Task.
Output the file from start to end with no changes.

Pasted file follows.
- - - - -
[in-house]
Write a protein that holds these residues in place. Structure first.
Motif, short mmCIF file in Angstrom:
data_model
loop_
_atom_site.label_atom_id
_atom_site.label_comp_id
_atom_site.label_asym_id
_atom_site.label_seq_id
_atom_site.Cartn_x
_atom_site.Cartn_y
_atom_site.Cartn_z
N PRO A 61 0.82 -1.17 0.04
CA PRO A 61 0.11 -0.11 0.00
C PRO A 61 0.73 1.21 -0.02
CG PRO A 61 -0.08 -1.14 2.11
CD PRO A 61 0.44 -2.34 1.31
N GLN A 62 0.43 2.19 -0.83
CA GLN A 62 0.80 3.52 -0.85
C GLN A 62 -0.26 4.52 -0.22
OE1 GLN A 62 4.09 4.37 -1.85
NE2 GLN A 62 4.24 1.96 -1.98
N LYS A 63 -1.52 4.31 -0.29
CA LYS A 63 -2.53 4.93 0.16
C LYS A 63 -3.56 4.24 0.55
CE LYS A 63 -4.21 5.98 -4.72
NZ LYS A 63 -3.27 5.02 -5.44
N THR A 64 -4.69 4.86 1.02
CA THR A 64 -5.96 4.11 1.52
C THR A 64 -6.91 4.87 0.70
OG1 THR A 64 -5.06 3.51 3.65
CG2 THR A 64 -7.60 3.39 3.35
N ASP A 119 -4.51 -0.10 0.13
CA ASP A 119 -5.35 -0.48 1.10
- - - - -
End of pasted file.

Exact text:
[in-house]
Write a protein that holds these residues in place. Structure first.
Motif, short mmCIF file in Angstrom:
data_model
loop_
_atom_site.label_atom_id
_atom_site.label_comp_id
_atom_site.label_asym_id
_atom_site.label_seq_id
_atom_site.Cartn_x
_atom_site.Cartn_y
_atom_site.Cartn_z
N PRO A 61 0.82 -1.17 0.04
CA PRO A 61 0.11 -0.11 0.00
C PRO A 61 0.73 1.21 -0.02
CG PRO A 61 -0.08 -1.14 2.11
CD PRO A 61 0.44 -2.34 1.31
N GLN A 62 0.43 2.19 -0.83
CA GLN A 62 0.80 3.52 -0.85
C GLN A 62 -0.26 4.52 -0.22
OE1 GLN A 62 4.09 4.37 -1.85
NE2 GLN A 62 4.24 1.96 -1.98
N LYS A 63 -1.52 4.31 -0.29
CA LYS A 63 -2.53 4.93 0.16
C LYS A 63 -3.56 4.24 0.55
CE LYS A 63 -4.21 5.98 -4.72
NZ LYS A 63 -3.27 5.02 -5.44
N THR A 64 -4.69 4.86 1.02
CA THR A 64 -5.96 4.11 1.52
C THR A 64 -6.91 4.87 0.70
OG1 THR A 64 -5.06 3.51 3.65
CG2 THR A 64 -7.60 3.39 3.35
N ASP A 119 -4.51 -0.10 0.13
CA ASP A 119 -5.35 -0.48 1.10